The journalist Dee Barnes’s recollection of the time when Dr. Dre beat her—and of its aftermath, and of her feelings about its omission from Straight Outta Compton—is one of the best essays to be published this year. You can read it at Gawker. Some of the details Barnes presents, especially about the physical, mental, and career effects of being attacked by one of the biggest names in music, are wrenching. “When I get migraines, my head does ring and it hurts, exactly in the same spot every time where he smashed my head against the wall,” she writes. “People have accused me of holding onto the past; I’m not holding onto the past. I have a souvenir that I never wanted. The past holds onto me.”
Straight Outta Suburbia
None of the fundamental details of the story are new to the world, nor even contested. Barnes was the host of a hip-hop television show called Pump It Up; her interview with Ice Cube in 1990 so angered his former bandmates in N.W.A. that Dre attacked Barnes in a nightclub bathroom. He pled no contest to assault and settled her civil suit against him out of court. Over the years, he and the others in N.W.A. have blithely acknowledged what happened, and recently in Rolling Stone, Dre issued a vague statement of regret when asked about violence against women: “I made some fucking horrible mistakes in my life.”
If these accusations have been in the public domain for years, then why do they seem to be gaining such wide attention—check the Google News results on the topic—now? The obvious answer is in Straight Outta Compton, the N.W.A. biopic that’s currently ruling the box office. Co-produced by Dre, Ice Cube, and Eazy-E’s widow Tomica Woods-Wright, it purports to be an authentic look at the rise of gangsta rap, and indeed does a powerful job portraying the environments that the band members rose from, the real-world frustration that fed into their incendiary lyrics, the free-spirited collaboration behind the music, the exact causes of N.W.A.’s break-up. But as with many biopics about the living and the recently deceased, the involvement of people so close to the story in the creation of the film means that the effort can’t entirely be trusted—there are agendas at play. (The film’s director, F. Gary Gray, according to Barnes, actually worked as a cameraman for the fateful interview she did with Ice Cube.)
The omission of any mention of violence toward women is a particularly potent example of the biopic dilemma, because it connects to the queasiest part of the legacy of N.W.A. Misogyny has always been part of popular music, whether it’s in vaudeville or rock and roll or even today’s booming electronic-dance scene. But the social conditions gangsta rap rose from—conditions created by a long history of oppression toward minority communities—caused it to make forceful, explicit expressions of contempt toward women fashionable in a way they had never been before. And, it turns out, those expressions of contempt were mirrored in some of the musicians’ behavior. Barnes’s essay points out that for all the political and social weight that N.W.A.’s music carried, it takes a some cognitive dissonance to buy the film’s depiction of its subjects as unambiguously heroic:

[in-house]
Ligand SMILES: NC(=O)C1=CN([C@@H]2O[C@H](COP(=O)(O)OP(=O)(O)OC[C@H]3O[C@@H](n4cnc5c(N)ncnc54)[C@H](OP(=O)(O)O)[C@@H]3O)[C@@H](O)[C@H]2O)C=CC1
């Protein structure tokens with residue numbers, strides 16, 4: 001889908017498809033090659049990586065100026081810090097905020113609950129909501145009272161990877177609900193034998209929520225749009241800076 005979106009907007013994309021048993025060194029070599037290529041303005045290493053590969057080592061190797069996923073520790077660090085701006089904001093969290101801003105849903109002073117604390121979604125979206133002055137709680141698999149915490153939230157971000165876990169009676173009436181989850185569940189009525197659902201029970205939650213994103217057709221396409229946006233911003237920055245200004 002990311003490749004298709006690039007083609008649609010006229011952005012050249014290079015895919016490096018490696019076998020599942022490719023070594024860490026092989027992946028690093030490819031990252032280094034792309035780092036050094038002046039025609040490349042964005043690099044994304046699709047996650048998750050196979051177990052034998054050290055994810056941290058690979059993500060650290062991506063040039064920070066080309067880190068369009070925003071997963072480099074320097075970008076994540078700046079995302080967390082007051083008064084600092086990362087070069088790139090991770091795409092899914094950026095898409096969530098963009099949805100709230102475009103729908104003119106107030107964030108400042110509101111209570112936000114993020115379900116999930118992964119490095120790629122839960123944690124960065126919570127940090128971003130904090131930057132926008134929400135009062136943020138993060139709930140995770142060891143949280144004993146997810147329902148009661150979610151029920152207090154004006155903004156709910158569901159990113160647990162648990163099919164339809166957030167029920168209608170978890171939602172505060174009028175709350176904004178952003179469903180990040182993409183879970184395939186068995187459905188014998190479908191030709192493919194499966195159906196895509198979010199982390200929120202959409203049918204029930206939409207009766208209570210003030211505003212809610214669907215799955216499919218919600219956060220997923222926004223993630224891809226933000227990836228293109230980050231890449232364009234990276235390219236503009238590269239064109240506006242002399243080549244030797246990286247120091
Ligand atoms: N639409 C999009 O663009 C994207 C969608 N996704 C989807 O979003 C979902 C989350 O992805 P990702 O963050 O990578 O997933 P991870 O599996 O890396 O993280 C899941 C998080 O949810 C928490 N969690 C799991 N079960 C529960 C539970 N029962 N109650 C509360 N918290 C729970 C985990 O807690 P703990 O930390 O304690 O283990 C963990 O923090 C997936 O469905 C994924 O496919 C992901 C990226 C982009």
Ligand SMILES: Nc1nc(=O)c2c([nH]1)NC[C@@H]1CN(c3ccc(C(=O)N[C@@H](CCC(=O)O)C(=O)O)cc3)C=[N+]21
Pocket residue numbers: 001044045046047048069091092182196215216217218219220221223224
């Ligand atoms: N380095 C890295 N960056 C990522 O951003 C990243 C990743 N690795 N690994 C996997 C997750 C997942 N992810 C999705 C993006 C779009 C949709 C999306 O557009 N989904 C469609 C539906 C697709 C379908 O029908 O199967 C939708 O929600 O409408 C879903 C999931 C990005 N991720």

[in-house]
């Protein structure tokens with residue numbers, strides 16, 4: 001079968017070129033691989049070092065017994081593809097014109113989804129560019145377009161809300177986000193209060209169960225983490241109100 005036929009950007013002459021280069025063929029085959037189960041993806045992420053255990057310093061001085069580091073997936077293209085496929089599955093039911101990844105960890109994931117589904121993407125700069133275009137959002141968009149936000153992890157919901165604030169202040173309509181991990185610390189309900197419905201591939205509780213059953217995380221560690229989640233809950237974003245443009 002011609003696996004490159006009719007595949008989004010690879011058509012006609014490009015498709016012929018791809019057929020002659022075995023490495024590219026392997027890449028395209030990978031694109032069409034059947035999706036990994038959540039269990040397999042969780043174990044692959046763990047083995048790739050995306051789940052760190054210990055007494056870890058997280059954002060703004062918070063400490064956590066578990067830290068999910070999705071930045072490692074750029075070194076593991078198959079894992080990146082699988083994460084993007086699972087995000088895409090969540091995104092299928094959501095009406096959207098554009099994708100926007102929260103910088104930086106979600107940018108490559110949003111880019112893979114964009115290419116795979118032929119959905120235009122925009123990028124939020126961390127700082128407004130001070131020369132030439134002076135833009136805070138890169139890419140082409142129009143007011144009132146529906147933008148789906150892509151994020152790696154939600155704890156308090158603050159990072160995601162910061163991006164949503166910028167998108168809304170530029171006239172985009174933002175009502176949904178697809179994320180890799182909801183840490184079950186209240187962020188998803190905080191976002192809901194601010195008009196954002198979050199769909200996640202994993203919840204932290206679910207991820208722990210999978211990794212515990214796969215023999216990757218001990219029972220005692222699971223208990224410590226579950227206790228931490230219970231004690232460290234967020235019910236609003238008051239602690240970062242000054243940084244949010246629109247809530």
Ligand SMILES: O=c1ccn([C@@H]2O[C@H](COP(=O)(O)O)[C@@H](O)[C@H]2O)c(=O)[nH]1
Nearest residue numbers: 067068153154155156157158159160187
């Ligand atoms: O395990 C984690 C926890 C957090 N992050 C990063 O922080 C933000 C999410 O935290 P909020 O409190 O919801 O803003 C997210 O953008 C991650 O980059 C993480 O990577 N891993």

Dre, who executive produced the movie along with his former groupmate Ice Cube, should have owned up to the time he punched his labelmate Tairrie B twice at a Grammys party in 1990. He should have owned up to the black eyes and scars he gave to his collaborator Michel’le. And he should have owned up to what he did to me. That’s reality. That’s reality rap. In his lyrics, Dre made hyperbolic claims about all these heinous things he did to women. But then he went out and actually violated women. Straight Outta Compton would have you believe that he didn’t really do that. It doesn’t add up. […] They’re trying to stay hard, and look like good guys.
Of course, history is littered with examples of famous men whose reputations and status took little or no long-term damage after they were accused of hurting women. And though it doesn’t appear Dre has directly apologized to Barnes or his other female victims personally, he does sound repentant lately: “It was really fucked up. But I paid for those mistakes, and there’s no way in hell that I will ever make another mistake like that again,” he told Rolling Stone. But all the attention being paid to stories like Barnes’s in the year of the Cosby women suggests that Straight Outta Compton may, in addition to educating a wide audience about N.W.A.’s vital achievements, have an unintended consequence. By trying to omit part of the story, it made it bigger.